Sunday, September 27, 2009

Open Letter to UC Faculty Upon UC Walkout

Dear UC Faculty,

Although I can be polite and diplomatic, I haven't the time or energy. I'm a single parent and a laid off public school teacher. I have a sophomore on one of your campuses and I'm under tremendous stress, so I'm just going to speak plainly.

The UC Walkout? I love the newly discovered (rediscovered?) sense of altruism among you. I hope it's real and that your sudden solidarity with public school teachers under the brunt of Prop 13 is not simply a conveniently played "empathy card."

It's been over 20 years since Prop 13. The universities and colleges of California, and the nation, have been complaining about the decline in skills among the students we send up to you, but you haven't lifted a finger of solidarity on behalf of the public school educators below you, until now, when you face what we've been dealing with for the last 20 to 30 years. As in historical dictatorships, you watched us "carted off" and failed to raise your voices in our support, and now you face the same.

You failed to address the undermining of public school education nationwide in the aftermath of post sixties' social and educational enfranchisement for the poor and those of color. Did it never occur to you that the threat of enfranchisement, to established power at the top, was responded to by undermining the bottom? No longer facing barred doors at the top, the students are now, instead, crippled at the bottom of the staircase. We have been rendered incapable of sending you the quality of students you need.

If you provide universally low education at the public school level, not everyone suffers. Families that already have power and means can make up the difference by providing enrichment experiences (travel, music, sports teams) and tutoring to their children. The poor (and now the middle class) are stuck with what they get in public school. That means the number of income disenfranchised and children of color capable of applying to your universities has been diminished year by year. It also means that those who do manage to arrive are more disadvantaged than their peers of means from the same school. That is a lifetime deficit for which a university experience doesn't always provide remedy. After 30 years, a generation, it is not just our public school students who are undereducated, but now, many of our colleagues, as well. Today, we have a multi-generational culture of low education. This is the new way that power maintains exclusivity in the face of Affirmative Action.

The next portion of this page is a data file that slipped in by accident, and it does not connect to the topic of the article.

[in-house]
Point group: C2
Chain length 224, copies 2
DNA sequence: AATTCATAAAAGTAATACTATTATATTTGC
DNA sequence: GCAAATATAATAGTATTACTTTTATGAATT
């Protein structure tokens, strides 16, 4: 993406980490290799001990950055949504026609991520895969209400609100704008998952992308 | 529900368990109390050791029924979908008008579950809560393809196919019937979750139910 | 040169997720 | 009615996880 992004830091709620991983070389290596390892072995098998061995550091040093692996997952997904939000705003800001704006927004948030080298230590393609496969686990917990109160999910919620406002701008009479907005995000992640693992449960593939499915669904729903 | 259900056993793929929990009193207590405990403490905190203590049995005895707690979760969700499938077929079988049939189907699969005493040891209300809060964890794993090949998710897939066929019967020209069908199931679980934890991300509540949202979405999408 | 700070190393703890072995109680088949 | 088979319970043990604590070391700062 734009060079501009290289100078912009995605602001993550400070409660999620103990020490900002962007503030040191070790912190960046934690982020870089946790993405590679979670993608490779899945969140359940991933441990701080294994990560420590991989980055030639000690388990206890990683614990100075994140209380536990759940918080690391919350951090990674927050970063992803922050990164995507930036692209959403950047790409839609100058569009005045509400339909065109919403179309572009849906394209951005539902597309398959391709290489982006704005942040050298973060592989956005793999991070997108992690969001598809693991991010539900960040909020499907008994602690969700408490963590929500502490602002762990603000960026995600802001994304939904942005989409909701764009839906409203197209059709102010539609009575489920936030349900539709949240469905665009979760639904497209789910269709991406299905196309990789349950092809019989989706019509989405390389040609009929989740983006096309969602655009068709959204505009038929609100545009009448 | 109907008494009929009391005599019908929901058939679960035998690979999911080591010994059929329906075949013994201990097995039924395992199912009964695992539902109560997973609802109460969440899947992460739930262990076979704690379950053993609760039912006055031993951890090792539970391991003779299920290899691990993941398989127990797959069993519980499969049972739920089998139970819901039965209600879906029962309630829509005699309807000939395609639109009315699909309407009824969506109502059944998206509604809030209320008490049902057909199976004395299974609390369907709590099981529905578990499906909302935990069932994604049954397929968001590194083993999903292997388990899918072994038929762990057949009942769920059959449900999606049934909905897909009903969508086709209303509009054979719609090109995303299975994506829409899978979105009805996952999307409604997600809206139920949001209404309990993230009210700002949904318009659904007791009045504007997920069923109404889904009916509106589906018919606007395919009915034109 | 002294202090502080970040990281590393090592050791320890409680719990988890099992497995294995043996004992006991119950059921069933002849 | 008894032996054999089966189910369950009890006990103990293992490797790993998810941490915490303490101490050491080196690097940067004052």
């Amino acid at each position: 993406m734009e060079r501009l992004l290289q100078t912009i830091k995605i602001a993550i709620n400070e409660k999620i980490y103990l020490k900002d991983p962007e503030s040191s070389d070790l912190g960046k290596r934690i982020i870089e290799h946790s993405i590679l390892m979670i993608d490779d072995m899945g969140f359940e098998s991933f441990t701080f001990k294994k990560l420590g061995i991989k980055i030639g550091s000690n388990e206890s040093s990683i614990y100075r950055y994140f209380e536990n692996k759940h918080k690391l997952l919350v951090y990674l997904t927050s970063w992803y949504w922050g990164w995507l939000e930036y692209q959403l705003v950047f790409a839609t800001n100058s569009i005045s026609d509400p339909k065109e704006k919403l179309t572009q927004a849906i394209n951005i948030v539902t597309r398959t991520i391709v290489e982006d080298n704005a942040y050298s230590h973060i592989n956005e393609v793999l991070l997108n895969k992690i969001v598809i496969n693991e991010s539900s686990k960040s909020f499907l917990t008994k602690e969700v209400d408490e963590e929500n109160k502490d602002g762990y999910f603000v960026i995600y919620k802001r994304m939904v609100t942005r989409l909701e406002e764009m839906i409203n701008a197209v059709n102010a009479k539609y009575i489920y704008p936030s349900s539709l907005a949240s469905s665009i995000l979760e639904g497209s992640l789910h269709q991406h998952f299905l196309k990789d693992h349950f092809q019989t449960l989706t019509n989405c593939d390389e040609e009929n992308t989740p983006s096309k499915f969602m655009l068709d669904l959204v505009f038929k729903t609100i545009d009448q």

I know you must have discussed the various systemic problems plaguing public school education. But, I want to scream that, over the thirty years of its development, you never seriously addressed this, never set your students on it as a primary research project, never worked at creating the statistical and political means of changing it. What blinded you? Why weren't you curious?

We are your colleagues in education. There is a lot you could have done for us that would have prevented the situation in which you now find yourselves. We needed you to study and report on the hidden "furloughs" we face. We needed you to study teacher turnover and the number of teachers who don't stay beyond their first years, and why. We needed you to survey our health: the level of obesity and prescription drug use amongst us, our rate of counseling use and family problems, our divorce rates, and how these things have climbed. We needed you to document the dwindling amount of time we spend with our families during the school year and how that affects all the facets of our lives. We needed you to assess the amount of money we spend out of pocket, annually, on goods our districts don't cover, but our students need, and what that means. We needed you to go beyond asking what happens to children in overcrowded classrooms and ask what happens to us, their teachers. As colleagues, we needed you, not our unions or faculty senates under their own pressures of self-preservation, to have our backs.

We matter as much as the students; we were students once. And now, we are you.

Saturday, September 26, 2009

One Book a Year / #OneBookaYear

It'd be great to leave a bequest or fund a scholarship at the high school from which each of us graduated, but most of us don't have the means.

However, we can send one book a year to the library at the high school from which we graduated. It doesn't take too many participants, from just a handful of graduating classes, to enrich the offerings of their former high school, on a yearly basis.

Multiplied by ten or twenty years, it becomes a profound contribution.

It's a way to share a piece of yourself with students like you, where you started out. Who knows what windows you may open with just one book?

October is International School Libraries Month. It's the month to send the book.

If you're on Twitter, tweet your book's name and the high school you sent it to, with the hashtag #OneBookaYear. Use the hashtag to look up what's being sent and get some ideas, if you need them.

I've also started a FaceBook group: One Book a Year. Join us, and then post the name of the book you sent, along with your high school's name. Not sure what book to send? Get some ideas there...and go for it!